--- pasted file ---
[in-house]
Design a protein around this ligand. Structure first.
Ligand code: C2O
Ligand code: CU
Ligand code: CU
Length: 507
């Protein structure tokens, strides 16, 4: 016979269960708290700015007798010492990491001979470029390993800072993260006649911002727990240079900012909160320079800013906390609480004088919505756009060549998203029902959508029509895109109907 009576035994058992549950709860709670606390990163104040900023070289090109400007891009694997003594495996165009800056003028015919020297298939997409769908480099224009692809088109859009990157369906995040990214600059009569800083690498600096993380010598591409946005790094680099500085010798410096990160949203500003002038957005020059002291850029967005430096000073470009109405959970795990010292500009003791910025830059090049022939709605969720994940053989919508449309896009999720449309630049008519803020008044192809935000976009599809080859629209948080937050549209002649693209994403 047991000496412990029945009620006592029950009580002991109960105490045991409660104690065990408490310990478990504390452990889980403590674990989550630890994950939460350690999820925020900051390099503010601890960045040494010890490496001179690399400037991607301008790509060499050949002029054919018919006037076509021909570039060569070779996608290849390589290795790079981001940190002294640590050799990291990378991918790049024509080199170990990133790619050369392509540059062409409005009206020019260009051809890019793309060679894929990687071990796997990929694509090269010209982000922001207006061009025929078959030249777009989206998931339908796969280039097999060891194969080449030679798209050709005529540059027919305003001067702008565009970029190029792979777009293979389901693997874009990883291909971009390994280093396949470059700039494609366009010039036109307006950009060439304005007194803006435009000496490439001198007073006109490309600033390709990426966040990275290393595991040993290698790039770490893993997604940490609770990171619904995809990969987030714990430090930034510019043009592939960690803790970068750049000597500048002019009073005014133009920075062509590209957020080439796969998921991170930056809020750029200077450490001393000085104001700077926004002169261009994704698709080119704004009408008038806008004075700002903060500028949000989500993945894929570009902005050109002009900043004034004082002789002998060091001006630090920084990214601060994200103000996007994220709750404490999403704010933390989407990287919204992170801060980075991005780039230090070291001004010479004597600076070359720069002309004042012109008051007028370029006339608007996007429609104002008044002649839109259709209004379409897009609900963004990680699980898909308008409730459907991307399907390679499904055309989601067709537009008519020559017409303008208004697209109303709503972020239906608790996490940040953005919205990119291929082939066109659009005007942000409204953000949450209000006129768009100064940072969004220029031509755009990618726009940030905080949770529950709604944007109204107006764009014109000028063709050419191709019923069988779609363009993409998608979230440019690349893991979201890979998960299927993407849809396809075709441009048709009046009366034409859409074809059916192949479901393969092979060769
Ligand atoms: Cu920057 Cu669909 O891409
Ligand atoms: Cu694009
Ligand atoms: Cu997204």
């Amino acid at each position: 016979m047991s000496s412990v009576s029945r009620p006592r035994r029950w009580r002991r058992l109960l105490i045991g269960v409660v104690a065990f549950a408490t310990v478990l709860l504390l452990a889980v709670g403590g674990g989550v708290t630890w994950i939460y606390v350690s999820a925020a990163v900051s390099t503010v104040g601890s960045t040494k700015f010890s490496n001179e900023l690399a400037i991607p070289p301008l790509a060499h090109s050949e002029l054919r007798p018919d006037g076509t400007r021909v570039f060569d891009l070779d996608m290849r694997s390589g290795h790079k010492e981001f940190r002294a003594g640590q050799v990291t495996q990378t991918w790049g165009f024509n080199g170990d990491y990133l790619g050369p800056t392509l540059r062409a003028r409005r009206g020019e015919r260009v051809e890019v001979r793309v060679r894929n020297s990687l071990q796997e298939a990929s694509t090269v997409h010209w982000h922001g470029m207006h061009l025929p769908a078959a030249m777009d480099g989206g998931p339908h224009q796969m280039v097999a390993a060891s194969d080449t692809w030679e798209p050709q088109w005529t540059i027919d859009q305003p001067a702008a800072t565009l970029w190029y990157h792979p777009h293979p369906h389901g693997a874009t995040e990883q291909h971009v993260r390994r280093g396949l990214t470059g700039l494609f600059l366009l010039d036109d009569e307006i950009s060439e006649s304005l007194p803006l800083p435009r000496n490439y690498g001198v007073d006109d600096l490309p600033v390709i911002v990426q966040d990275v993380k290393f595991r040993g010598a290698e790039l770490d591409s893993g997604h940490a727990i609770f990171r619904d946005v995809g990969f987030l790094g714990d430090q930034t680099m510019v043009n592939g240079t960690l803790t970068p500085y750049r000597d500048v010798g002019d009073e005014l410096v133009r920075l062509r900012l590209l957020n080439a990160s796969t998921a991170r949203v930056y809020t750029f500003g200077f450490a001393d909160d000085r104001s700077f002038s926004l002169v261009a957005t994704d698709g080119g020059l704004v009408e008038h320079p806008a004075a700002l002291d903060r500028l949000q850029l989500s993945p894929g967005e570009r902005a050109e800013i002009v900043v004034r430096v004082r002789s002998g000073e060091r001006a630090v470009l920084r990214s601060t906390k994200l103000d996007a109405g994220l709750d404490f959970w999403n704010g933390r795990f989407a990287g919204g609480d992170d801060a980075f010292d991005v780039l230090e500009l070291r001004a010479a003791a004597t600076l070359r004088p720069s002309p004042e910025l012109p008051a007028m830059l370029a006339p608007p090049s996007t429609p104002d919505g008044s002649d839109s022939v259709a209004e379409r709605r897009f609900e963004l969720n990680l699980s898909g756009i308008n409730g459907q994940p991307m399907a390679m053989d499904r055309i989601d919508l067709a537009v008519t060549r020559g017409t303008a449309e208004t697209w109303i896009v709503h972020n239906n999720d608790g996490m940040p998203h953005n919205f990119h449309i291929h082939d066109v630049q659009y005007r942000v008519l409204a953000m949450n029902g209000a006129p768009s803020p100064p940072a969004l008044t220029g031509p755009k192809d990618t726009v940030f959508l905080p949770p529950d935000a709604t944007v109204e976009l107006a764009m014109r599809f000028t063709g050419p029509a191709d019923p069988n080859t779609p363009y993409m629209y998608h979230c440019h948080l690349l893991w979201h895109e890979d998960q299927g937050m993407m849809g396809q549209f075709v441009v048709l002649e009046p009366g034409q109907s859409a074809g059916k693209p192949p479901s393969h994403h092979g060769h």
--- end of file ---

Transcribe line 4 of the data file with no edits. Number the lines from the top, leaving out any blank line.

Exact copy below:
Ligand code: CU